BJU’s leading women share advice, perspectives

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BJU’s leading women share advice, perspectives

CCO Carol Keirstead addresses an audience. Photo: BJU Marketing/ Derek Eckenroth

Genesis 1. That’s the beginning of the equality between men and women according to Cindy Garland, a professor who teaches the course Women in the Bible in the School of Religion.

Preceding the Women’s Rights Movement by thousands of years, the Bible from its beginning affirms the value of women as being made in God’s image, according to Garland.

“I find it fascinating that the very first thing we read in Scripture about both men and women is that they both were made in the image of God,” Garland said. “In Genesis 2, we start seeing the differences, but it starts with that foundation.

Garland also said the New Testament, specifically Christ’s ministry, celebrates the value of women despite being written in a time and culture when the value and equality of women was not recognized as much as it is in today’s society.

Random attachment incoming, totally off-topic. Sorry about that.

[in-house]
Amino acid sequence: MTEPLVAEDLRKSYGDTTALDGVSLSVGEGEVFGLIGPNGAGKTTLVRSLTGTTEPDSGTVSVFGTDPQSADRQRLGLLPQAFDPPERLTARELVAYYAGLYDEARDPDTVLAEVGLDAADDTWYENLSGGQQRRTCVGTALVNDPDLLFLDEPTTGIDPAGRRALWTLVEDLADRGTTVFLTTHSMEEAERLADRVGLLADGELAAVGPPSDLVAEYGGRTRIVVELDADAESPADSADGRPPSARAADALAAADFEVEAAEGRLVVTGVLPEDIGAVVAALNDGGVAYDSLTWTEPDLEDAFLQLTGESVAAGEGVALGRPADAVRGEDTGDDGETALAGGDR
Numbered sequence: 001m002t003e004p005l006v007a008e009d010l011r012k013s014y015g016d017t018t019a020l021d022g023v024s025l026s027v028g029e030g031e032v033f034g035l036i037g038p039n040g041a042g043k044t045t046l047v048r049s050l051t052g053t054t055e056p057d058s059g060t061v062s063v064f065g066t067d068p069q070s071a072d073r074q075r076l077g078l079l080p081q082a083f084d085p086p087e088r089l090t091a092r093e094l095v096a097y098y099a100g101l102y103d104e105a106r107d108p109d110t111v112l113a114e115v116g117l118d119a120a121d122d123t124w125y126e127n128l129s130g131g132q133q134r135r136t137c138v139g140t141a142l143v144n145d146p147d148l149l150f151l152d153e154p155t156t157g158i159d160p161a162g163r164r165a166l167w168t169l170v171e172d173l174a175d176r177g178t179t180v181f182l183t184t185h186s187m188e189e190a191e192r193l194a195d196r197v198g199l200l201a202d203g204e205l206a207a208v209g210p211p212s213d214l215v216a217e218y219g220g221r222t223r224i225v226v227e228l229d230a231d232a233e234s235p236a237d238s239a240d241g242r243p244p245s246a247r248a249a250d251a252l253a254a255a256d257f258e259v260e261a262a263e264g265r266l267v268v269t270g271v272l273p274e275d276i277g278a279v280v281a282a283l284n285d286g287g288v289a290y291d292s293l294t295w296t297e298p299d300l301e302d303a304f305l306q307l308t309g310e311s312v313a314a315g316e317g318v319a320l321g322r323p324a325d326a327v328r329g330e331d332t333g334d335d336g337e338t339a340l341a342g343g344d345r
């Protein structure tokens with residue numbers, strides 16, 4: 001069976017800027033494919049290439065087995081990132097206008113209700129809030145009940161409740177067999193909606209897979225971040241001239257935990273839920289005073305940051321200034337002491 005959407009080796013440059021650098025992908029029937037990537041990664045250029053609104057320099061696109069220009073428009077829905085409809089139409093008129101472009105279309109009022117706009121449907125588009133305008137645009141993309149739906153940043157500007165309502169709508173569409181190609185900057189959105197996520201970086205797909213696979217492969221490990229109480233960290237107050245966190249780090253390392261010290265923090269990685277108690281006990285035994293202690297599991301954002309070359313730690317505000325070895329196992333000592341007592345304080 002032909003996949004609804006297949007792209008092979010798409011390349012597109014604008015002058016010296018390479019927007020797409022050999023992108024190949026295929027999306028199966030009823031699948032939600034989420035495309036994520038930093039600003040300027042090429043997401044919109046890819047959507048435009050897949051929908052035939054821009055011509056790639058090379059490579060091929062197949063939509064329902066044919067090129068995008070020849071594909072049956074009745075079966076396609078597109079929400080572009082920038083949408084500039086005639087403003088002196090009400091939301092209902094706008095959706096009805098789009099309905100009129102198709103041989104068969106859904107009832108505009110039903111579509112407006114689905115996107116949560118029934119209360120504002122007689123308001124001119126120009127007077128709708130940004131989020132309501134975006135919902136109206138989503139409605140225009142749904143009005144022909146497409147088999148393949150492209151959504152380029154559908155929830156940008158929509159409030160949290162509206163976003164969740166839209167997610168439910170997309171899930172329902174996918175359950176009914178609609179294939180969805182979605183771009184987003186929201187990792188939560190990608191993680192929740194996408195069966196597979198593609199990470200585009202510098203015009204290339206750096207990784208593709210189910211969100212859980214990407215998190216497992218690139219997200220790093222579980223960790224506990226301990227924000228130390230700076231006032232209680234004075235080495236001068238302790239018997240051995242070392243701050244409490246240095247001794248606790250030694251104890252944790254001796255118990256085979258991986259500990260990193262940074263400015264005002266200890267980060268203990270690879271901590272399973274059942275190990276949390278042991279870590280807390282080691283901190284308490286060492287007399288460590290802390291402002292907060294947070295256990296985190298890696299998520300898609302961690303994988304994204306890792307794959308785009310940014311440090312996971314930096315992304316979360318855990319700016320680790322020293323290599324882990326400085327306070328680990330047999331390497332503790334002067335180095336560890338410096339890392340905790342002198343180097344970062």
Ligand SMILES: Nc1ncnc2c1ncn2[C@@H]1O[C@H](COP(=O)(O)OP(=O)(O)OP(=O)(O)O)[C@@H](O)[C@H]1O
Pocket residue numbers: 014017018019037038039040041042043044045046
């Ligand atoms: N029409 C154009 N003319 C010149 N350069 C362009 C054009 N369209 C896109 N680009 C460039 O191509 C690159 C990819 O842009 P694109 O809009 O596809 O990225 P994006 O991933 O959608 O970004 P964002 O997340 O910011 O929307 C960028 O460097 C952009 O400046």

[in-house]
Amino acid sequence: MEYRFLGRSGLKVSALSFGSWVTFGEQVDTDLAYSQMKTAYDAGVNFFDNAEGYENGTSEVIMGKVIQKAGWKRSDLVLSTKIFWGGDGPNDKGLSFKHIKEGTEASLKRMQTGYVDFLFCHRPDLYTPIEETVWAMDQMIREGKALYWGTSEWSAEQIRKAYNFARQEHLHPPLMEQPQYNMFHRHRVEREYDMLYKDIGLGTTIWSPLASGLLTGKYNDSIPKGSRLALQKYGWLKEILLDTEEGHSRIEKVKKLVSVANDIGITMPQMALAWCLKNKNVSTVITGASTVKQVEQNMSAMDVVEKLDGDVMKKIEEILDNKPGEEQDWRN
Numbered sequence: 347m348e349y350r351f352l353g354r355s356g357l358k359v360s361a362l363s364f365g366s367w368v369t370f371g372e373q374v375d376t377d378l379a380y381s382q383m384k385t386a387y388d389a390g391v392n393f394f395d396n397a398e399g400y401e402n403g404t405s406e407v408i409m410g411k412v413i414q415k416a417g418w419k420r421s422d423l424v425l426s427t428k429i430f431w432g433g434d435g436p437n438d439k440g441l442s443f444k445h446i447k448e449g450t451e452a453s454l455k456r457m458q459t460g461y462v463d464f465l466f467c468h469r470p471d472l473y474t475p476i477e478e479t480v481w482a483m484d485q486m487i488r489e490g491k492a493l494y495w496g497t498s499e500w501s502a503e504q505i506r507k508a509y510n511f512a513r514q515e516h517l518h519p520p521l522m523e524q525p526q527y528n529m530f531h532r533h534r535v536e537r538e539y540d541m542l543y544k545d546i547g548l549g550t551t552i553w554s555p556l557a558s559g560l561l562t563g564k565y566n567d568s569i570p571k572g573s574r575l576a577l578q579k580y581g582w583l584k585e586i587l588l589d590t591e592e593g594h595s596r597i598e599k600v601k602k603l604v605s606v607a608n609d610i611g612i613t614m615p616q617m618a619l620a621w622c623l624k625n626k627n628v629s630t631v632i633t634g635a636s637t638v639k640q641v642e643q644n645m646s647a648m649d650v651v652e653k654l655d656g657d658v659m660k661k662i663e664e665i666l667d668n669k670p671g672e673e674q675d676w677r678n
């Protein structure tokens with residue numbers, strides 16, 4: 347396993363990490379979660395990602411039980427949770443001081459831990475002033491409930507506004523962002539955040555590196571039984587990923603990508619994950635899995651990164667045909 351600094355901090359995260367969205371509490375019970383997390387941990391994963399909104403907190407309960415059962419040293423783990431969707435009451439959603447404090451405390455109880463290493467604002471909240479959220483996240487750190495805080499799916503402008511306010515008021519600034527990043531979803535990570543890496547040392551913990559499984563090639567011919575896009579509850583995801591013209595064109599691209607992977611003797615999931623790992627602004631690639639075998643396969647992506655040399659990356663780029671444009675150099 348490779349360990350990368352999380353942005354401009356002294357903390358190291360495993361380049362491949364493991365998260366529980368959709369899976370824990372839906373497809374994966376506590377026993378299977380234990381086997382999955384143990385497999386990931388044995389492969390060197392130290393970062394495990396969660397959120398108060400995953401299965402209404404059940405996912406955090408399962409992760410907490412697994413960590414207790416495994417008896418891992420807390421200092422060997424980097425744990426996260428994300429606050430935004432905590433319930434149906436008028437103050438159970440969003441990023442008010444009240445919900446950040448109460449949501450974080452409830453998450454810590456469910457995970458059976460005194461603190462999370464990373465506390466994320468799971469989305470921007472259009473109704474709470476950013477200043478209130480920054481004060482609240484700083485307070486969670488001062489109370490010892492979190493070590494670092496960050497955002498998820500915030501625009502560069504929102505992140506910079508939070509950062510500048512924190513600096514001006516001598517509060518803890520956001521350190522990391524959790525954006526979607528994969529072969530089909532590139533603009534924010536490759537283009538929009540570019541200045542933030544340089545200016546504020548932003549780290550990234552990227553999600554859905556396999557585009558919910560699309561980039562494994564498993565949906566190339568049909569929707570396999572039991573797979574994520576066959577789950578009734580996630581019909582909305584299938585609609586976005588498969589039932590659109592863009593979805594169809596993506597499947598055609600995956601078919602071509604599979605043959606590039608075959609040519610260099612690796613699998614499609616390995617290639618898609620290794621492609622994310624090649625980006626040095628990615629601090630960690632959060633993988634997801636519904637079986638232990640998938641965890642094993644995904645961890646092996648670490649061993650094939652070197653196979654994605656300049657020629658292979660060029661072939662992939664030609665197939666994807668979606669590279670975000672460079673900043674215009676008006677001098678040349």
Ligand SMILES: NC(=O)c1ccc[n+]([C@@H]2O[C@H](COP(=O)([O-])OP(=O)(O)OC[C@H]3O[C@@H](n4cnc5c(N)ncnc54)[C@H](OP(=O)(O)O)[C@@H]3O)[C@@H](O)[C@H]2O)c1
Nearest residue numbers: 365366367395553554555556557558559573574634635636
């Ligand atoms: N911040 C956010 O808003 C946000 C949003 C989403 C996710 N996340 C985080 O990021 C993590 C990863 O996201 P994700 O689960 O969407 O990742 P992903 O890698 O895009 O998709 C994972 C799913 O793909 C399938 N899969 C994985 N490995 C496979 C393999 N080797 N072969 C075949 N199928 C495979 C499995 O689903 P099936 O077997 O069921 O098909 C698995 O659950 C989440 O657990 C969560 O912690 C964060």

“Jesus’ ministry reflects the intent of the Godhead from the very beginning toward women,” Garland said.

“What we see in the gospels and even throughout the epistles is a going back to the Creator’s original intent.”

Garland cited two notable examples in the Bible to illustrate her point. She said Christ affirms the women’s value when He broke gender and racial stereotypes to talk to the woman at the well.

Garland said the story of Mary sitting at the feet of Jesus is also important to note.

While the significance of this event might be passed over by modern readers, those in New Testament times would have certainly understood the implications of Mary’s position.

The foot of a Rabbi was the traditional position of a disciple, so sitting at Jesus’ feet signified that Mary too was a disciple of Jesus, a part of His ministry.

Similarly, Garland said women at BJU join Christ’s ministry when they participate in the operations of the University.

“I think there’s value [in recognizing] women as being part of the ministry and part of the body of Christ.”

Whether serving as department heads, division chairs, executives or academic deans, competent women play a vital role in the University’s leadership.

In this week’s photo story on page 5, a few of those women  leaders share their perspectives on leadership and give advice to upcoming leaders here on campus.